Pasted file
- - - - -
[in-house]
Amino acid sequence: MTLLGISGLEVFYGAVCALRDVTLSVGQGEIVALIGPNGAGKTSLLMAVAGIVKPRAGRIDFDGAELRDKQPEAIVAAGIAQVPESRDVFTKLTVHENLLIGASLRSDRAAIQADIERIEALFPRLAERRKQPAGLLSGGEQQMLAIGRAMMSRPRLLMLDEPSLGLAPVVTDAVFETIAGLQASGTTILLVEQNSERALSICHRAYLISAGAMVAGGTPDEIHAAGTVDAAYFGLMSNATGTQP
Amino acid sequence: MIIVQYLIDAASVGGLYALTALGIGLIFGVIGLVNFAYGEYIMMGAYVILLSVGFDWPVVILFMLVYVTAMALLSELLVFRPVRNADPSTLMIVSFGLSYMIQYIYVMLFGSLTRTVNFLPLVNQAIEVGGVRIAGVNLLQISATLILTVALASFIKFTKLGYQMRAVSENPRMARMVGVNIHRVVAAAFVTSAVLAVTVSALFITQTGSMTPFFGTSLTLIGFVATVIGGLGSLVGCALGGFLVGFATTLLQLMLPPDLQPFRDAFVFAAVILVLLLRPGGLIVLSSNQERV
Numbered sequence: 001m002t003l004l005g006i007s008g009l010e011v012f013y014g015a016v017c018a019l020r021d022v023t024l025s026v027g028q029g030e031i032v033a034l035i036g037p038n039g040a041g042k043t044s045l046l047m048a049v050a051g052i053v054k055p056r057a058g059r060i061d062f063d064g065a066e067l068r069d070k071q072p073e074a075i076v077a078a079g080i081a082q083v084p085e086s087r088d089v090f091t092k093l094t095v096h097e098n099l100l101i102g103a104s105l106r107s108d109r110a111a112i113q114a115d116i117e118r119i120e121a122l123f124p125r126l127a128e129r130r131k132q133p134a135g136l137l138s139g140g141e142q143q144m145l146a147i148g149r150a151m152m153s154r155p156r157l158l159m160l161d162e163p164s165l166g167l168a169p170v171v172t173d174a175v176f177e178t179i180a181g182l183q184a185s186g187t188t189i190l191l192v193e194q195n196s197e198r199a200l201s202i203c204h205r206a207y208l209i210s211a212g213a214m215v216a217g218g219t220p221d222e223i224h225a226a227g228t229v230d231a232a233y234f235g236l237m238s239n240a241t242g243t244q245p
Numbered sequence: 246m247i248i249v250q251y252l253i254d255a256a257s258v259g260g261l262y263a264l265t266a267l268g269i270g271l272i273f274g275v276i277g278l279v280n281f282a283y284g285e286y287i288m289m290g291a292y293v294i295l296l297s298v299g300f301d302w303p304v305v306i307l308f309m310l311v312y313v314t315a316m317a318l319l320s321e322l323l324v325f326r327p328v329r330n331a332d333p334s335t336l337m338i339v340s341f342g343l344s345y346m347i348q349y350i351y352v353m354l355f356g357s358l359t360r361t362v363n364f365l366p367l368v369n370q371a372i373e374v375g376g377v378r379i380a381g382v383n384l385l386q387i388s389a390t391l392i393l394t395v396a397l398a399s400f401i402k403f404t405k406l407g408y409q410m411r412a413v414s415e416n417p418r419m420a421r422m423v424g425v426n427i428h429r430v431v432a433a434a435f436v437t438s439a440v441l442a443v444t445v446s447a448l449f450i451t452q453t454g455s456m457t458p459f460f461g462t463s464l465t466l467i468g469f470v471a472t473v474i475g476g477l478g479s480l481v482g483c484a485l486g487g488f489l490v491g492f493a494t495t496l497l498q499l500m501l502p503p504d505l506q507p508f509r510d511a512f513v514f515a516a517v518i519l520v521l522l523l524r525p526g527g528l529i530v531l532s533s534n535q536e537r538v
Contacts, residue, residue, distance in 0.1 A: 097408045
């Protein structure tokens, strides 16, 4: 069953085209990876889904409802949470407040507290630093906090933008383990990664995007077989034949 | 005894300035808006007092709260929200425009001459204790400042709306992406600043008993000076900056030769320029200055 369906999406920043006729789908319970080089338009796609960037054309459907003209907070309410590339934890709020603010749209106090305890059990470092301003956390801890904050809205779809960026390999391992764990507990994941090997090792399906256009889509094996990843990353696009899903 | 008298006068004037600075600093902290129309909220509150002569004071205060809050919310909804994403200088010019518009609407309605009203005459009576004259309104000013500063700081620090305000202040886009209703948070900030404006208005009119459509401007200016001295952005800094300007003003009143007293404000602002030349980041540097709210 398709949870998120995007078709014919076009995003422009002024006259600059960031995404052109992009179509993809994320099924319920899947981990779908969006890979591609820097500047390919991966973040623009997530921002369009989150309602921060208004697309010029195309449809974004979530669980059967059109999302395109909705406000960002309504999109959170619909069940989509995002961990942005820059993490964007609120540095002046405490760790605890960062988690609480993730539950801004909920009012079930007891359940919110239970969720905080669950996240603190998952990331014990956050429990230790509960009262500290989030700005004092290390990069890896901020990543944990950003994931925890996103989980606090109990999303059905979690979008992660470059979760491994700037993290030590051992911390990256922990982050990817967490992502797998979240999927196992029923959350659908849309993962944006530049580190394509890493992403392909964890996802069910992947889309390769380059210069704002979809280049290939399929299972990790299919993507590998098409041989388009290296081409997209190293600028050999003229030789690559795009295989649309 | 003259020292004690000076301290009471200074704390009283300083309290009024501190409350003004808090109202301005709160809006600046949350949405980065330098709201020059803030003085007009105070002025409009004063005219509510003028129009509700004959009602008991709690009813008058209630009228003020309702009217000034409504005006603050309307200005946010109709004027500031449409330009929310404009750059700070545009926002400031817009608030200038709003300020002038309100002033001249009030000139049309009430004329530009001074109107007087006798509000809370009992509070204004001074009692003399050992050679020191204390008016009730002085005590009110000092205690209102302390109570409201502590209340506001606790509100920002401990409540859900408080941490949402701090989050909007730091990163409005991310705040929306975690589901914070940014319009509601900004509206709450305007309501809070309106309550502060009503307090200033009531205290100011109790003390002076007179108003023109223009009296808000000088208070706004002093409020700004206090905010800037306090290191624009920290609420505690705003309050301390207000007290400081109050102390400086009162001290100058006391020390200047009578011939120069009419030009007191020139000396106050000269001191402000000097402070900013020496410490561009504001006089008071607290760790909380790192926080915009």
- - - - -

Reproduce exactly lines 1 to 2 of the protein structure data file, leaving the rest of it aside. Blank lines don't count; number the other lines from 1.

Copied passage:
[in-house]
Amino acid sequence: MTLLGISGLEVFYGAVCALRDVTLSVGQGEIVALIGPNGAGKTSLLMAVAGIVKPRAGRIDFDGAELRDKQPEAIVAAGIAQVPESRDVFTKLTVHENLLIGASLRSDRAAIQADIERIEALFPRLAERRKQPAGLLSGGEQQMLAIGRAMMSRPRLLMLDEPSLGLAPVVTDAVFETIAGLQASGTTILLVEQNSERALSICHRAYLISAGAMVAGGTPDEIHAAGTVDAAYFGLMSNATGTQP